If the funnels above were drawn to scale, the consideration stage would be much larger than the others. It can take weeks and even months for prospects to evaluate a business’s authority and its capability to solve their problem. During this time, it’s crucial you guide them to that decision with helpful content.
Your prospect’s goal: To determine which class of products or services can solve their problem, then to begin evaluating businesses within that class. Let’s go back to the tax example, the prospect has decided to use a DIY tax software solution over hiring a CPA. Afterward, they’d start evaluating specific software, for example TurboTax or QuickBooks.
Your goal: To nurture your leads with strategic emails, blog posts, and lead magnets in order to prove your business is an authority capable of solving their problem. Since this stage is also where the marketing team hands off leads to the sales team, it’s crucial your organization has settled on a clear definition of a sales-qualified lead (SQL).
The best content to offer: Ebooks, case studies, free tools, whitepapers, webinars.
Key performance metrics to track: Email open rates, landing page conversion rates, lead source, cost per lead, lead quality.
The purchase stage
This is where a lead chooses a specific product or service to solve their problem. They arrive here only after a coordinated effort from the companies’ sales and marketing teams to educate and nurture the lead.
In early marketing funnel models, this stage concluded the marketing funnel. For modern businesses, though, the “action” or “purchase” stage is a new beginning – one that has the potential to grow the funnel exponentially by leading into the “loyalty” and “advocacy” stages.
Your lead’s goal: To decide which business and specific solution can solve their problem. For someone searching for a DIY tax software, this is when they’d not only choose which brand to purchase from, but which specific product they need. Do they need the basic version or the deluxe one?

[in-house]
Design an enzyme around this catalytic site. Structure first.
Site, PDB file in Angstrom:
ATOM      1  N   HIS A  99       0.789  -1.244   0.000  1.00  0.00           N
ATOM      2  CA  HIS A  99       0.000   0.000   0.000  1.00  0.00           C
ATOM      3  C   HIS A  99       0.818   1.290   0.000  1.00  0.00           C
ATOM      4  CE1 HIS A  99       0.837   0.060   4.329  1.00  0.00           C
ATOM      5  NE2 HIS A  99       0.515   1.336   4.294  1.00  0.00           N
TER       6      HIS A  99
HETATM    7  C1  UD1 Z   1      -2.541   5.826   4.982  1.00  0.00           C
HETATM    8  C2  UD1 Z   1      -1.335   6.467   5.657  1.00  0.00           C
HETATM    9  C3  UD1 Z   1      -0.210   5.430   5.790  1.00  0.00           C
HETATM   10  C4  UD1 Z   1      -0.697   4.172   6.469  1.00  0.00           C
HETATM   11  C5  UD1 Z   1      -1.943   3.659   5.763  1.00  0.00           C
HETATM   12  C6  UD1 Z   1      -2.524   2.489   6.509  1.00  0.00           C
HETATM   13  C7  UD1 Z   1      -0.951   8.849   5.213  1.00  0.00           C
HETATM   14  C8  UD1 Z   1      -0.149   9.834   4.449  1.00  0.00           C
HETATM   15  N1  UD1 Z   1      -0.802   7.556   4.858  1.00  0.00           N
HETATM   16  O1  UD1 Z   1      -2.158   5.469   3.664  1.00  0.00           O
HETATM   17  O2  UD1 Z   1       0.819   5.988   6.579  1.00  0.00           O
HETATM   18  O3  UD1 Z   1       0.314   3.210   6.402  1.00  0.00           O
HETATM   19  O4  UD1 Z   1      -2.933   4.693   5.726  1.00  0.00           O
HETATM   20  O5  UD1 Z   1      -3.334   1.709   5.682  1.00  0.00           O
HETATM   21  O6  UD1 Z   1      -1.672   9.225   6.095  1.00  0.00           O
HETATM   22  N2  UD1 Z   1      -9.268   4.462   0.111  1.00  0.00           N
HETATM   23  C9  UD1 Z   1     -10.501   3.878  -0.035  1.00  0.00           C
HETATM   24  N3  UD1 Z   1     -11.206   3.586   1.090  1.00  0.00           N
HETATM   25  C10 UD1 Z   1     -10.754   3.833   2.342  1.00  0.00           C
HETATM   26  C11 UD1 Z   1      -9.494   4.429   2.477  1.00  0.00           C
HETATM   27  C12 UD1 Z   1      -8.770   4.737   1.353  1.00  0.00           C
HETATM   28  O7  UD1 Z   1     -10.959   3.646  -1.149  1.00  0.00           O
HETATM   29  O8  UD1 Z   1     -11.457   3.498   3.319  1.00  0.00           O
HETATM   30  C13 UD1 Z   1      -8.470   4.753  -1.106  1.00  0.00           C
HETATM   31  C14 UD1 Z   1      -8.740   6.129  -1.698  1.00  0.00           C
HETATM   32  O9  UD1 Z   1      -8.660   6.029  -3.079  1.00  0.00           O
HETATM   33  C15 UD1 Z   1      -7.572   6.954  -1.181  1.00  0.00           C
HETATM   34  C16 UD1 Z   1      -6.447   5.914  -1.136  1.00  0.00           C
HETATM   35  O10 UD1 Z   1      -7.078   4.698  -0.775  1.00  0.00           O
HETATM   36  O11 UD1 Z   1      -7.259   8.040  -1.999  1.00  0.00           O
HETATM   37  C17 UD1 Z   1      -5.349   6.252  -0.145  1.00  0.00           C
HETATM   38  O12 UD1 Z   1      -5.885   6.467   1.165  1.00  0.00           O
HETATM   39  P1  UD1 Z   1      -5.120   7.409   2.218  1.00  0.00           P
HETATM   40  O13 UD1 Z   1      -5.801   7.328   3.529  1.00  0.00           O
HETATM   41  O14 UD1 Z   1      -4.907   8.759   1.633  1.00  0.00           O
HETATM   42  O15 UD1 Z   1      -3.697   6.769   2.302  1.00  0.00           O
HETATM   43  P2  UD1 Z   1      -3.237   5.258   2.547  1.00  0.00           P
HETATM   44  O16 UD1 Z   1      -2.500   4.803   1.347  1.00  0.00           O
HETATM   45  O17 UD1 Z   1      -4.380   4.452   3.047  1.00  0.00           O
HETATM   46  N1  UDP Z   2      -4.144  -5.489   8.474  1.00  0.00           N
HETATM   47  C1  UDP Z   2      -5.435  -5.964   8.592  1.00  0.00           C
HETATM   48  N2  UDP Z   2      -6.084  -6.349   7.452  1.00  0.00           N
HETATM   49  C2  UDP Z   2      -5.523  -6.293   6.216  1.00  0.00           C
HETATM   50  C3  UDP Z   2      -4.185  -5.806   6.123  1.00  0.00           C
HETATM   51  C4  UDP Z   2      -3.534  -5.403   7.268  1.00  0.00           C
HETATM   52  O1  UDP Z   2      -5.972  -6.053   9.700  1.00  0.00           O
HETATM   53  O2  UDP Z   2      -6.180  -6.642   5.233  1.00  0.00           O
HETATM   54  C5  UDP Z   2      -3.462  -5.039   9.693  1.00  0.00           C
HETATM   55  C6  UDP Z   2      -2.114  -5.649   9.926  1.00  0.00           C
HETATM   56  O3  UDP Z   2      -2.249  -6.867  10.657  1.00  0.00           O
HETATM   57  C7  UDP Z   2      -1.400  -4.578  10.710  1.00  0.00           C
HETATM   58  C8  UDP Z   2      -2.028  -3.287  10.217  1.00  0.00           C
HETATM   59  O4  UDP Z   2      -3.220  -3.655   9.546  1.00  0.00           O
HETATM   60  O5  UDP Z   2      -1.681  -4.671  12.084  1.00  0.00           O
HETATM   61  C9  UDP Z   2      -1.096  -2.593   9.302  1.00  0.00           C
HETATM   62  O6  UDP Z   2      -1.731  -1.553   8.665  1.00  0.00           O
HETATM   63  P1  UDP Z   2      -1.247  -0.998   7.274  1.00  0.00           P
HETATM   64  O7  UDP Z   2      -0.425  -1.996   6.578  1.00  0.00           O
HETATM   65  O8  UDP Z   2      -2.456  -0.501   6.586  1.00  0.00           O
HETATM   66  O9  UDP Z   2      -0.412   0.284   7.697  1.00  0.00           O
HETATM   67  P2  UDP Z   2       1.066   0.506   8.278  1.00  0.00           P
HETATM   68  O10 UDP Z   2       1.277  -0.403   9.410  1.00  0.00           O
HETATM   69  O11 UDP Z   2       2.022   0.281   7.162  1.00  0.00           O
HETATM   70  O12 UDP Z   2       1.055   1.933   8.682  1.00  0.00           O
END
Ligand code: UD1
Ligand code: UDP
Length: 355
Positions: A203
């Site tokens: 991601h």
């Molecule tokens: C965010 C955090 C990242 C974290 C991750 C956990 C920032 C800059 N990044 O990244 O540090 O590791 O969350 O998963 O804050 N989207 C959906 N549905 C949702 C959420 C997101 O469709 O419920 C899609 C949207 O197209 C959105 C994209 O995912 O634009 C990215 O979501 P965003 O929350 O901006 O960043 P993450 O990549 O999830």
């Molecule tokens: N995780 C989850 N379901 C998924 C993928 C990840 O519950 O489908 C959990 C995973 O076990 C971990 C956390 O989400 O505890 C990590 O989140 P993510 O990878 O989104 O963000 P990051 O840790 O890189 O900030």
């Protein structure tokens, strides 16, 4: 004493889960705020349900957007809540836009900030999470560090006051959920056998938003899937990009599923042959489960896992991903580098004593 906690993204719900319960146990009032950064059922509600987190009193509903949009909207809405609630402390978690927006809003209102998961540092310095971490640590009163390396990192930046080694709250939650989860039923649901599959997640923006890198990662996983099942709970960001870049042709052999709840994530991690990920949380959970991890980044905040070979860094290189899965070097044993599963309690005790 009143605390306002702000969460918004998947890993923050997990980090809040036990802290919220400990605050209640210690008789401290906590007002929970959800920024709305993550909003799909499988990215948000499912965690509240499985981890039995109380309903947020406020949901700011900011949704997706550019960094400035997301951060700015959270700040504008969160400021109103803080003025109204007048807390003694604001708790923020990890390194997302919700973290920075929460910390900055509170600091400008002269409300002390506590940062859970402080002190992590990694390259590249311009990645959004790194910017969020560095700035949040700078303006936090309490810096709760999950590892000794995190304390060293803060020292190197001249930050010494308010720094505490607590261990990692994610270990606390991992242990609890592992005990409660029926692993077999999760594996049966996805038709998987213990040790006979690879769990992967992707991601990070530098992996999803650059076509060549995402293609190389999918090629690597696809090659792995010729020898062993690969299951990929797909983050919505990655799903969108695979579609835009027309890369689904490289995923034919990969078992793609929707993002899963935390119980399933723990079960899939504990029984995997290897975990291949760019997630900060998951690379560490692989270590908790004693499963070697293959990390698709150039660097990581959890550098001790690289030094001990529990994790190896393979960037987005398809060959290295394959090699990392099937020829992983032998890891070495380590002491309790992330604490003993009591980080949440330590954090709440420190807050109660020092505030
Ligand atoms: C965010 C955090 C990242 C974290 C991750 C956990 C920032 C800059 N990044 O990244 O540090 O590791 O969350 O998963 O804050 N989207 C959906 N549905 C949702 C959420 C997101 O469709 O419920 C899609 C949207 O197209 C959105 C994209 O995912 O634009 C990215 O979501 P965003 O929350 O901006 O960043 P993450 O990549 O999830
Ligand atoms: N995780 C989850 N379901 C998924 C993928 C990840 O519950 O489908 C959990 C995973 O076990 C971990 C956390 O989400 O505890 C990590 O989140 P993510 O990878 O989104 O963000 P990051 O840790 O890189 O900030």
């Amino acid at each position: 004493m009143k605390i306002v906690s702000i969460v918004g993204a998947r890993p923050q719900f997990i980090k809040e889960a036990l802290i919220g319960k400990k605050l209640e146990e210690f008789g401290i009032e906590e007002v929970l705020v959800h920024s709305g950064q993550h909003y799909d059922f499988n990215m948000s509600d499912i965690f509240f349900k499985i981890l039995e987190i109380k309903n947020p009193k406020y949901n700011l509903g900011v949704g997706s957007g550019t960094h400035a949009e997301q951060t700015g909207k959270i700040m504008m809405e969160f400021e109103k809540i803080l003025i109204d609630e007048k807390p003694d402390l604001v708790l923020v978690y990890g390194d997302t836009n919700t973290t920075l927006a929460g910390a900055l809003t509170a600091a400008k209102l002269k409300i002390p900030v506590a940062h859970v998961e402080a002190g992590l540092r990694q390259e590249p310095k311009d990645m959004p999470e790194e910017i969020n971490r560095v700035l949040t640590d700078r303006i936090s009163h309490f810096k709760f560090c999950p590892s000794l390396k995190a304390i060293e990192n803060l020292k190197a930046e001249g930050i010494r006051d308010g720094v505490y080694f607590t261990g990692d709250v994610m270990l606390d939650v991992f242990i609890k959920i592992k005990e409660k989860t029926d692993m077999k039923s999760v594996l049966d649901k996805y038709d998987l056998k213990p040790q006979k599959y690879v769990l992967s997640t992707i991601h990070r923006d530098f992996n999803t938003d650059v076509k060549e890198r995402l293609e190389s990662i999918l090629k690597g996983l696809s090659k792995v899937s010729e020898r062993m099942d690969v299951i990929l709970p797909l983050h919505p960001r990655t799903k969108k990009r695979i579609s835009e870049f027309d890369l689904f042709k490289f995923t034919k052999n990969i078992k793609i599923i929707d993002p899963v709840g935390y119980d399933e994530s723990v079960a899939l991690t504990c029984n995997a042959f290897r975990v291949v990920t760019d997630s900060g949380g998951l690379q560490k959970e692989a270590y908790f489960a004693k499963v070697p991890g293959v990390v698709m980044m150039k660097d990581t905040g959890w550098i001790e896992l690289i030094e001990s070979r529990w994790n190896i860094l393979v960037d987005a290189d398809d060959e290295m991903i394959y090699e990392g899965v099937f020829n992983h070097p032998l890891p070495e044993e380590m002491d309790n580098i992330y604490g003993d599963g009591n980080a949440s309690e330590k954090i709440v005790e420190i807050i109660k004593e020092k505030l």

Your goal: Here, your goal is to show leads exactly how you can solve their specific problem and help them decide which product best meets their needs. While the consideration portion of the funnel focuses on proving your authority and ability, this one focuses on solving their problem in detail. If your product is software, free trials and demos allow leads to try before they buy to ensure a solution is practical. If you’re a service-based business, this is where a one-on-one consultation can prove you’re capable of solving a client’s unique problem. If you have a physical product, this is where social proof like detailed testimonials and case studies will persuade leads to click the “buy” button.
The best content to offer: Testimonials, detailed case studies, product comparison whitepapers, demos, free trials, consultations.
Key performance metrics to track: Customers, lead-to-sale conversion rate, revenue, cost of customer acquisition.
The loyalty stage